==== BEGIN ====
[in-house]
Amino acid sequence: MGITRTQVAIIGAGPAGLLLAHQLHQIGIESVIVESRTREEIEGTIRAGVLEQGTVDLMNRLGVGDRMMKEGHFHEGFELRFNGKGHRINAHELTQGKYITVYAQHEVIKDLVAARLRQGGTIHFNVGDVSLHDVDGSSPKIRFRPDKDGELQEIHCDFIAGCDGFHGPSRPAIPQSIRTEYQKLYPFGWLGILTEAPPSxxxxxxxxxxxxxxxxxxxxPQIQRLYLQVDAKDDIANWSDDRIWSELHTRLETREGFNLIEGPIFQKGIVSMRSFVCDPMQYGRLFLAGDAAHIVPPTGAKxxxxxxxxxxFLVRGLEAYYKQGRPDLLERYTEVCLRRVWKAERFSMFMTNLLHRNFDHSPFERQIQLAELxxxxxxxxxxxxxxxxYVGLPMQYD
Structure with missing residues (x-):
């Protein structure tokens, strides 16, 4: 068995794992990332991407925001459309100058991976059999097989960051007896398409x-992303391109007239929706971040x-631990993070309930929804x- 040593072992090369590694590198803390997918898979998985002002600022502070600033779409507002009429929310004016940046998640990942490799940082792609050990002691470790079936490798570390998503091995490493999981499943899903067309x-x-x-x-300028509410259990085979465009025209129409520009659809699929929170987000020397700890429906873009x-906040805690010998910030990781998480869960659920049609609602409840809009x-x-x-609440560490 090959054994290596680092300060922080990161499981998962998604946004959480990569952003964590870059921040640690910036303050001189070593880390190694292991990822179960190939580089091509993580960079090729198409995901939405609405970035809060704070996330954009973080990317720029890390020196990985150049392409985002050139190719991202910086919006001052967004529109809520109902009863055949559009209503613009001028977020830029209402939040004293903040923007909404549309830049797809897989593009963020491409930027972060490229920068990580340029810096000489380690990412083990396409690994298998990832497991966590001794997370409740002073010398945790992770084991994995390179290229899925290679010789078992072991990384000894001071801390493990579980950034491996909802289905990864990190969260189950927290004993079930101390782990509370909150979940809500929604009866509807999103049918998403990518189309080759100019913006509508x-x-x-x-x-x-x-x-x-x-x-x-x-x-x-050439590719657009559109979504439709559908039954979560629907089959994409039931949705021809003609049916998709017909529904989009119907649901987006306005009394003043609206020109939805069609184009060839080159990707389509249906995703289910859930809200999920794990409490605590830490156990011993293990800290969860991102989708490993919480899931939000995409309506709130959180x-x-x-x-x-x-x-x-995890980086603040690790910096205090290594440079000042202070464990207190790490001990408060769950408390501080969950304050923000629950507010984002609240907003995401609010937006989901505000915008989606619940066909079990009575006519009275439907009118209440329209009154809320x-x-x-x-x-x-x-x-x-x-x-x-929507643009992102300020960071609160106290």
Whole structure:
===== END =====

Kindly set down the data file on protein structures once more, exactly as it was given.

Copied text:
[in-house]
Amino acid sequence: MGITRTQVAIIGAGPAGLLLAHQLHQIGIESVIVESRTREEIEGTIRAGVLEQGTVDLMNRLGVGDRMMKEGHFHEGFELRFNGKGHRINAHELTQGKYITVYAQHEVIKDLVAARLRQGGTIHFNVGDVSLHDVDGSSPKIRFRPDKDGELQEIHCDFIAGCDGFHGPSRPAIPQSIRTEYQKLYPFGWLGILTEAPPSxxxxxxxxxxxxxxxxxxxxPQIQRLYLQVDAKDDIANWSDDRIWSELHTRLETREGFNLIEGPIFQKGIVSMRSFVCDPMQYGRLFLAGDAAHIVPPTGAKxxxxxxxxxxFLVRGLEAYYKQGRPDLLERYTEVCLRRVWKAERFSMFMTNLLHRNFDHSPFERQIQLAELxxxxxxxxxxxxxxxxYVGLPMQYD
Structure with missing residues (x-):
């Protein structure tokens, strides 16, 4: 068995794992990332991407925001459309100058991976059999097989960051007896398409x-992303391109007239929706971040x-631990993070309930929804x- 040593072992090369590694590198803390997918898979998985002002600022502070600033779409507002009429929310004016940046998640990942490799940082792609050990002691470790079936490798570390998503091995490493999981499943899903067309x-x-x-x-300028509410259990085979465009025209129409520009659809699929929170987000020397700890429906873009x-906040805690010998910030990781998480869960659920049609609602409840809009x-x-x-609440560490 090959054994290596680092300060922080990161499981998962998604946004959480990569952003964590870059921040640690910036303050001189070593880390190694292991990822179960190939580089091509993580960079090729198409995901939405609405970035809060704070996330954009973080990317720029890390020196990985150049392409985002050139190719991202910086919006001052967004529109809520109902009863055949559009209503613009001028977020830029209402939040004293903040923007909404549309830049797809897989593009963020491409930027972060490229920068990580340029810096000489380690990412083990396409690994298998990832497991966590001794997370409740002073010398945790992770084991994995390179290229899925290679010789078992072991990384000894001071801390493990579980950034491996909802289905990864990190969260189950927290004993079930101390782990509370909150979940809500929604009866509807999103049918998403990518189309080759100019913006509508x-x-x-x-x-x-x-x-x-x-x-x-x-x-x-050439590719657009559109979504439709559908039954979560629907089959994409039931949705021809003609049916998709017909529904989009119907649901987006306005009394003043609206020109939805069609184009060839080159990707389509249906995703289910859930809200999920794990409490605590830490156990011993293990800290969860991102989708490993919480899931939000995409309506709130959180x-x-x-x-x-x-x-x-995890980086603040690790910096205090290594440079000042202070464990207190790490001990408060769950408390501080969950304050923000629950507010984002609240907003995401609010937006989901505000915008989606619940066909079990009575006519009275439907009118209440329209009154809320x-x-x-x-x-x-x-x-x-x-x-x-929507643009992102300020960071609160106290």
Whole structure: